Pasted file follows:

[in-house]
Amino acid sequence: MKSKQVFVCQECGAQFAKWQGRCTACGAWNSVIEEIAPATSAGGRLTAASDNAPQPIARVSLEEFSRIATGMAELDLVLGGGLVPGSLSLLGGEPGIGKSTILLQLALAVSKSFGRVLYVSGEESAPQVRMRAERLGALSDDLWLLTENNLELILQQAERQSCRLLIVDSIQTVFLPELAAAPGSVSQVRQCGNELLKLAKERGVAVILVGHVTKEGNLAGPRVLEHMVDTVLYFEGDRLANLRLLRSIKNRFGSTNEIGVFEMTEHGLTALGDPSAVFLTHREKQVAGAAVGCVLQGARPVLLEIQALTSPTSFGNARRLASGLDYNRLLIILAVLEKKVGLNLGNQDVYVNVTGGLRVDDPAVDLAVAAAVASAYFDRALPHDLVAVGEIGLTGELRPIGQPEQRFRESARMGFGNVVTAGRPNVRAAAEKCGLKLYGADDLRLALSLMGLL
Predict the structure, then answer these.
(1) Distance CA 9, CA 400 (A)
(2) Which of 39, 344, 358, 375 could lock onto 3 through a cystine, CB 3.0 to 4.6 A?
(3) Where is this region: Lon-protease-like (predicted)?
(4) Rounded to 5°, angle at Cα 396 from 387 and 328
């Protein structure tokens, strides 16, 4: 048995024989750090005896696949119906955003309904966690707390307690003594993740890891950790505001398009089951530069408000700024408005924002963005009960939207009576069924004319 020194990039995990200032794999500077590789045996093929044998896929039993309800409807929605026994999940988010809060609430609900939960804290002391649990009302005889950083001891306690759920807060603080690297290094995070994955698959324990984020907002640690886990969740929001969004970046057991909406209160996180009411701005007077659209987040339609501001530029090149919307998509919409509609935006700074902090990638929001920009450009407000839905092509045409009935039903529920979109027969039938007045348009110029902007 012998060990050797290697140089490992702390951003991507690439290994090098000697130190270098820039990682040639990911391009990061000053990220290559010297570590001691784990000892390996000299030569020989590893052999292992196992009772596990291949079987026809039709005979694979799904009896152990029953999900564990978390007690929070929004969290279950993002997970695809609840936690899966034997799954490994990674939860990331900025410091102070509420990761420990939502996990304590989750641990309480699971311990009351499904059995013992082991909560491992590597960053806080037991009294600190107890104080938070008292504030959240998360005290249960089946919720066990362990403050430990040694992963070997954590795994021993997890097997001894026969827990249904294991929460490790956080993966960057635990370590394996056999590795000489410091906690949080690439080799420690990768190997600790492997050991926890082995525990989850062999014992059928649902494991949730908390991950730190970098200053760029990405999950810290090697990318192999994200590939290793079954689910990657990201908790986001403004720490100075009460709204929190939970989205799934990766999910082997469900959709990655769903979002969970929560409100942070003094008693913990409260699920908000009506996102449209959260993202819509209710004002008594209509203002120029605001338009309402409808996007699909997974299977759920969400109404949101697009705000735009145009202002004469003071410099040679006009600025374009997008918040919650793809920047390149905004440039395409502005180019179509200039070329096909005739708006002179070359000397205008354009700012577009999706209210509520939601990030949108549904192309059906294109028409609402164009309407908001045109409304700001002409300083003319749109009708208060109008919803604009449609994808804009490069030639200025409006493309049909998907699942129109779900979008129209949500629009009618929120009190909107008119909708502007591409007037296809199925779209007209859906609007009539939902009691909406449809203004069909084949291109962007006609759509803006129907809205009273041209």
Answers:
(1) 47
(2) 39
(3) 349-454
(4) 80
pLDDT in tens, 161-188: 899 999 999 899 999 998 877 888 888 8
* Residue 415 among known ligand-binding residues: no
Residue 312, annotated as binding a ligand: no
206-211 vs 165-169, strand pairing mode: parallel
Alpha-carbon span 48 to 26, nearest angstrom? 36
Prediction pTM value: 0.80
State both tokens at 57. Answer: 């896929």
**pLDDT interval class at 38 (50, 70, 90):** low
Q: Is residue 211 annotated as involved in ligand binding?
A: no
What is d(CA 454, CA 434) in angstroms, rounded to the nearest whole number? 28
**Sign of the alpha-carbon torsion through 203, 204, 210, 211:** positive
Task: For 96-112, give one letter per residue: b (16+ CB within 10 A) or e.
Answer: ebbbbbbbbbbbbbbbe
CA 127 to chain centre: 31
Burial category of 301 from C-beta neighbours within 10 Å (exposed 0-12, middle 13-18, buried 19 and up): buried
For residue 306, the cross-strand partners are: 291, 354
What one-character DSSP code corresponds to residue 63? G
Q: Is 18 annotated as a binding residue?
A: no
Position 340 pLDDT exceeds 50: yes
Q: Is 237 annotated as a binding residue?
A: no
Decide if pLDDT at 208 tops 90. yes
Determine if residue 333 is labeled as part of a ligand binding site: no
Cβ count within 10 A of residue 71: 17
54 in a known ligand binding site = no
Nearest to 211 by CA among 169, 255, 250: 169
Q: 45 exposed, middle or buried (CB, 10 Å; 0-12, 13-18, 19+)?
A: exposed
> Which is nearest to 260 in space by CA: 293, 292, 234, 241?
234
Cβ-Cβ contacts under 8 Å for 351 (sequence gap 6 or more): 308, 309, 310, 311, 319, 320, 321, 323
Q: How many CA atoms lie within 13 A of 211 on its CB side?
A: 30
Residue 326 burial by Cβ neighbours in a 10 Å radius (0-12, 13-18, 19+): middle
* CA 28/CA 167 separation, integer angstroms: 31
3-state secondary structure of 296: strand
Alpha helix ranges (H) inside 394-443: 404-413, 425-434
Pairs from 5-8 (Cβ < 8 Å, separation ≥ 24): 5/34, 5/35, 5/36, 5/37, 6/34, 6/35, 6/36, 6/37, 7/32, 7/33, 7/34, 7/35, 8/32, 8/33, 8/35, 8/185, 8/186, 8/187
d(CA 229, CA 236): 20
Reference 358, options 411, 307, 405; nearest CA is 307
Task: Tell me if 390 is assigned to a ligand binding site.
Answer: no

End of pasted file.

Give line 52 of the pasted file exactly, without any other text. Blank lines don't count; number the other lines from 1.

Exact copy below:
Alpha helix ranges (H) inside 394-443: 404-413, 425-434